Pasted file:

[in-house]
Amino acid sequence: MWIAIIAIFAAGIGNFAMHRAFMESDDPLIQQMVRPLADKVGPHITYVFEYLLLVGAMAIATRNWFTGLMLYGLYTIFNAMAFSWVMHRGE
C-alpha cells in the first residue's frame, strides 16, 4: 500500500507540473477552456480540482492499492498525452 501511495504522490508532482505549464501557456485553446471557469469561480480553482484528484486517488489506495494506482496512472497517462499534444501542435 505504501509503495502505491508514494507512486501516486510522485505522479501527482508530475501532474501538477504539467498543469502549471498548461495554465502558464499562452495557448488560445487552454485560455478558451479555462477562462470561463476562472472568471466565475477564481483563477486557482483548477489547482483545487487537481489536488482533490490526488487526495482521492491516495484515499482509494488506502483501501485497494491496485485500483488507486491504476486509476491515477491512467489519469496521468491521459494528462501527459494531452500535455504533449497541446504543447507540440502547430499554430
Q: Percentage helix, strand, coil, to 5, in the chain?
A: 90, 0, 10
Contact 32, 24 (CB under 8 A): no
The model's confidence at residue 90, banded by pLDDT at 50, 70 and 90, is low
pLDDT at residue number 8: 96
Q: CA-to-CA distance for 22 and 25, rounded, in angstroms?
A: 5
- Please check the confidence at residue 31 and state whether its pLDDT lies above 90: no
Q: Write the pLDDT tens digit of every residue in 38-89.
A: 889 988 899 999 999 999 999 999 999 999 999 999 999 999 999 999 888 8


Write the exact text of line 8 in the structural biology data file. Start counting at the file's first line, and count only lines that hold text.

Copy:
pLDDT at residue number 8: 96